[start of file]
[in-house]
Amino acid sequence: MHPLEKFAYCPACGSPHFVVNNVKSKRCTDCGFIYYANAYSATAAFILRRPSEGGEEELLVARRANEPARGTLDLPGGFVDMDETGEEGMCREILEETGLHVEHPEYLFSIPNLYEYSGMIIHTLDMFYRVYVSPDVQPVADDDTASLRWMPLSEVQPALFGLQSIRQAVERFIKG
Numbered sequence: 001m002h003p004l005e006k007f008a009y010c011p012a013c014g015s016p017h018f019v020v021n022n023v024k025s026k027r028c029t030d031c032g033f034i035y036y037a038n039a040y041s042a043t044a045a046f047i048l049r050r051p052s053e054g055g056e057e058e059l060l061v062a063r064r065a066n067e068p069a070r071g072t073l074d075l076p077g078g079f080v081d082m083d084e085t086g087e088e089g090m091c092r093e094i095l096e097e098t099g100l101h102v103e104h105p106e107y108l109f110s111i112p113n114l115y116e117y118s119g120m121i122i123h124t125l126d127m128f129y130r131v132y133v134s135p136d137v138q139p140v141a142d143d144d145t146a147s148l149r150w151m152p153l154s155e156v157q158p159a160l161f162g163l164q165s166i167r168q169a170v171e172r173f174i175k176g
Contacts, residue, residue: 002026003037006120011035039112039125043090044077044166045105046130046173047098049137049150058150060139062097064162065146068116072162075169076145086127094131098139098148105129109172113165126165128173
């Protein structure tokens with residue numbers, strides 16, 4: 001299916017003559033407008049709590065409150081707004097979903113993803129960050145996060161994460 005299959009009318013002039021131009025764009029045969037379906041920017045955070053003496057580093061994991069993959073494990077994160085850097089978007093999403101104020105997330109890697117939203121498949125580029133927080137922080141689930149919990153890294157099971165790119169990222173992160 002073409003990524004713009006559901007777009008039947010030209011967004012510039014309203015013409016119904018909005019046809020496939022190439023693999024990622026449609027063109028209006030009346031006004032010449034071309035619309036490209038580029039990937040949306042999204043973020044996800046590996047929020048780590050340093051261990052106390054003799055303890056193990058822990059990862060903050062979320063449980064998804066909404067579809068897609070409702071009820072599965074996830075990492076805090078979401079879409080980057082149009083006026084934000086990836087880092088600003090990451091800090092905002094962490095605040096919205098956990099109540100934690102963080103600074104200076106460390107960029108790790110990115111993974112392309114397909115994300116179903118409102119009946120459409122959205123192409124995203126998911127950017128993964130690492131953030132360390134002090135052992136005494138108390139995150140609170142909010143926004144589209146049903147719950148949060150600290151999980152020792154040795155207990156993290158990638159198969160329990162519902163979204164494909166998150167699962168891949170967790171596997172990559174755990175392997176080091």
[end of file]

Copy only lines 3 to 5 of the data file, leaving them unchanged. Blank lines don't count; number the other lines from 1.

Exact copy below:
Numbered sequence: 001m002h003p004l005e006k007f008a009y010c011p012a013c014g015s016p017h018f019v020v021n022n023v024k025s026k027r028c029t030d031c032g033f034i035y036y037a038n039a040y041s042a043t044a045a046f047i048l049r050r051p052s053e054g055g056e057e058e059l060l061v062a063r064r065a066n067e068p069a070r071g072t073l074d075l076p077g078g079f080v081d082m083d084e085t086g087e088e089g090m091c092r093e094i095l096e097e098t099g100l101h102v103e104h105p106e107y108l109f110s111i112p113n114l115y116e117y118s119g120m121i122i123h124t125l126d127m128f129y130r131v132y133v134s135p136d137v138q139p140v141a142d143d144d145t146a147s148l149r150w151m152p153l154s155e156v157q158p159a160l161f162g163l164q165s166i167r168q169a170v171e172r173f174i175k176g
Contacts, residue, residue: 002026003037006120011035039112039125043090044077044166045105046130046173047098049137049150058150060139062097064162065146068116072162075169076145086127094131098139098148105129109172113165126165128173
């Protein structure tokens with residue numbers, strides 16, 4: 001299916017003559033407008049709590065409150081707004097979903113993803129960050145996060161994460 005299959009009318013002039021131009025764009029045969037379906041920017045955070053003496057580093061994991069993959073494990077994160085850097089978007093999403101104020105997330109890697117939203121498949125580029133927080137922080141689930149919990153890294157099971165790119169990222173992160 002073409003990524004713009006559901007777009008039947010030209011967004012510039014309203015013409016119904018909005019046809020496939022190439023693999024990622026449609027063109028209006030009346031006004032010449034071309035619309036490209038580029039990937040949306042999204043973020044996800046590996047929020048780590050340093051261990052106390054003799055303890056193990058822990059990862060903050062979320063449980064998804066909404067579809068897609070409702071009820072599965074996830075990492076805090078979401079879409080980057082149009083006026084934000086990836087880092088600003090990451091800090092905002094962490095605040096919205098956990099109540100934690102963080103600074104200076106460390107960029108790790110990115111993974112392309114397909115994300116179903118409102119009946120459409122959205123192409124995203126998911127950017128993964130690492131953030132360390134002090135052992136005494138108390139995150140609170142909010143926004144589209146049903147719950148949060150600290151999980152020792154040795155207990156993290158990638159198969160329990162519902163979204164494909166998150167699962168891949170967790171596997172990559174755990175392997176080091």